"But I am willing to give her back, even so,
if that is best for all. What I really want
is to keep my people safe, not see them dying.
But fetch me another prize, and straight off too,
else I alone of the Argives go without my honor.
That would be a disgrace. You are all witness,
look - my prize is snatched away!" (Agamemnon, 1.135-141)
These crucial lines illustrate Agamemnon's anguish at losing Chryseis, and issuing his demand for recompense - foreshadowing his seizure of Achilles' prize Bryseis, which sends Achilles on the rage the novel is based upon and the cause of the Argive's future defeats.
"It wasn't Trojan spearmen who brought me here to fight.
The Trojans never did me damage, not in the least..."
...No, you colossal, shameless - we all followed you,
to please you, to fight for you, to win your honor
back from the Trojans - Menelaus and you, you dog-face! (Achilles, 1.179-180, 1.185-188)
Here Achilles publicly denounces Agamemnon and Menelaus for the war, saying that all the Argives fight for their honor and glory while their comrades are slain. Achilles claims that he has no personal vendetta with the Trojans, and later even threatens to leave the fight rather than take Agamemnon's abuses.
But as soon as magnificent Paris marked Atrides
shining among the champions, Paris's spirit shook.
Backing into his friendly ranks, he cringed from death (3.34-36)
Homer describes Paris' cowardice in this line, which best characterizes him. He is shown throughout the book as a coward, one who abstains from battle, one who prefers to stay with women rather than fight with men. Hector then immediately chastises him for creating this war without wanting to fight in it.
But Zeus who marshals storm clouds lowered a dark glance
and let loose at Ares: "No more, you lying, two-faced...
You, I hate you most of all the Olympian gods...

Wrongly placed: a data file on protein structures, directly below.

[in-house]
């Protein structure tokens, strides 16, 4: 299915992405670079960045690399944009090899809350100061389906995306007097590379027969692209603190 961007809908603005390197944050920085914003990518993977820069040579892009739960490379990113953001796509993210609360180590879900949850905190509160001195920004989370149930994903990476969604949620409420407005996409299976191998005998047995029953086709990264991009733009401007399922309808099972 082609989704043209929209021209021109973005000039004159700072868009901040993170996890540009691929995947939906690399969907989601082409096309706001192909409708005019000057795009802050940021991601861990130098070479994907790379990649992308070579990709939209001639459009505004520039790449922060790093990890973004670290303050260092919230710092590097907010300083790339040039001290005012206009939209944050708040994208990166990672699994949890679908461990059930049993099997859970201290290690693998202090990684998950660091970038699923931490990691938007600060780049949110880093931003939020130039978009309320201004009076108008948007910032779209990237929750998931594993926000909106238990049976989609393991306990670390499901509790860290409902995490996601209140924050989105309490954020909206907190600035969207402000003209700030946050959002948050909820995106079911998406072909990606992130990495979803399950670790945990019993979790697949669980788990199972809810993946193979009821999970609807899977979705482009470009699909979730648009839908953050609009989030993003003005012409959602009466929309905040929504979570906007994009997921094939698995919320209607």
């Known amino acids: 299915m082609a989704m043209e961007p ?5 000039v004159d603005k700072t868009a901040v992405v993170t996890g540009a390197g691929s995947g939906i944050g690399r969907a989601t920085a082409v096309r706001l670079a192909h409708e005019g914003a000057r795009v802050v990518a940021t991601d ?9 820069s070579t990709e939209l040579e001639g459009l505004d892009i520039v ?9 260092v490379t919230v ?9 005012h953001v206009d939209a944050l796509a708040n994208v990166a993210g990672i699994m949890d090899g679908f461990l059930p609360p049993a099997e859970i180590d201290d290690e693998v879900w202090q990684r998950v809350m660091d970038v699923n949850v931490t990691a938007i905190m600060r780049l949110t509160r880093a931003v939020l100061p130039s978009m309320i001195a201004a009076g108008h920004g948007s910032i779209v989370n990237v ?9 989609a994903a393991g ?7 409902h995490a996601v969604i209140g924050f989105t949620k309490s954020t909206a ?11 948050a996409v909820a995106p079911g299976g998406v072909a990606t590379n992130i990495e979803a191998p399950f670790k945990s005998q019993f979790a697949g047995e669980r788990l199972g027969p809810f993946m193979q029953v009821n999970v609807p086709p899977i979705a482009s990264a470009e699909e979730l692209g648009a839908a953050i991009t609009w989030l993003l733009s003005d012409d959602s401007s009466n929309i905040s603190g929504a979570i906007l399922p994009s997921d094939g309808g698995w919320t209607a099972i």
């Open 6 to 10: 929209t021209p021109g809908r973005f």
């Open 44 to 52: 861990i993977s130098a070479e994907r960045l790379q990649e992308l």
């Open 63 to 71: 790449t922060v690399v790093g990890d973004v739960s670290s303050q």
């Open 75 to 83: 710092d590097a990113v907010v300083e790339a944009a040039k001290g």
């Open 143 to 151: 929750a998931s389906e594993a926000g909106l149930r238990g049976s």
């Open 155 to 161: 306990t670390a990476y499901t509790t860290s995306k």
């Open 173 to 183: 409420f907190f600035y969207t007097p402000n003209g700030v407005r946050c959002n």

You have your mother's uncontrollable rage" (5.1027, 1028, 1030, 1033)
Zeus yells at Ares for complaining of Athena's unchecked participation in the war, claiming that Zeus is particularly loving of her and not the others. Zeus replies here by saying that he hates Ares deeply, and later goes on to tell Ares to respect him, for he is his father. This section characterizes three things: Zeus' affinity for Athena, his dominance over the gods, and Ares' extreme blood lust and rage, for which all Olympus hates him.
The archer loosed a fresh shaft from the bowstring
straight for Hector, his spirit longing to hit him-
but he missed and cut Gorgythion down instead...
Quick with another arrow,
the archer let fly from his bowstring straight for Hector,
his spirit straining to hit him - shot and missed again
as Apollo skewed his shaft (8.342-344, 354-357)
These two encounters are a symbol of Hector's near invincibility, the love the gods have for him, and the desire from the Argives to see him fallen. The archer Teucer, who had been on a kill streak, sees Hector and aims for him. However, because of Hector's luck and divine intervention, he misses twice, wounding instead Achilles' comrades. Achilles later attacks Teucer, but Telemonian Ajax comes to his rescue.
Oileus' son alerted Telamon's son at once:
"Ajax, since one of the gods who hold Olympus,
a god in a prophet's shape, spurs us on to fight
beside the ships-and I tell you he's not Calchas...
...no mistaking the gods.
And now, what's more, the courage inside my chest
is racing faster for action, full frontal assault-
feet quiver beneath me, hands high for the onset!"
And Telemonian Ajax joined him, calling out,
"I can feel it too, now, the hands on my spear...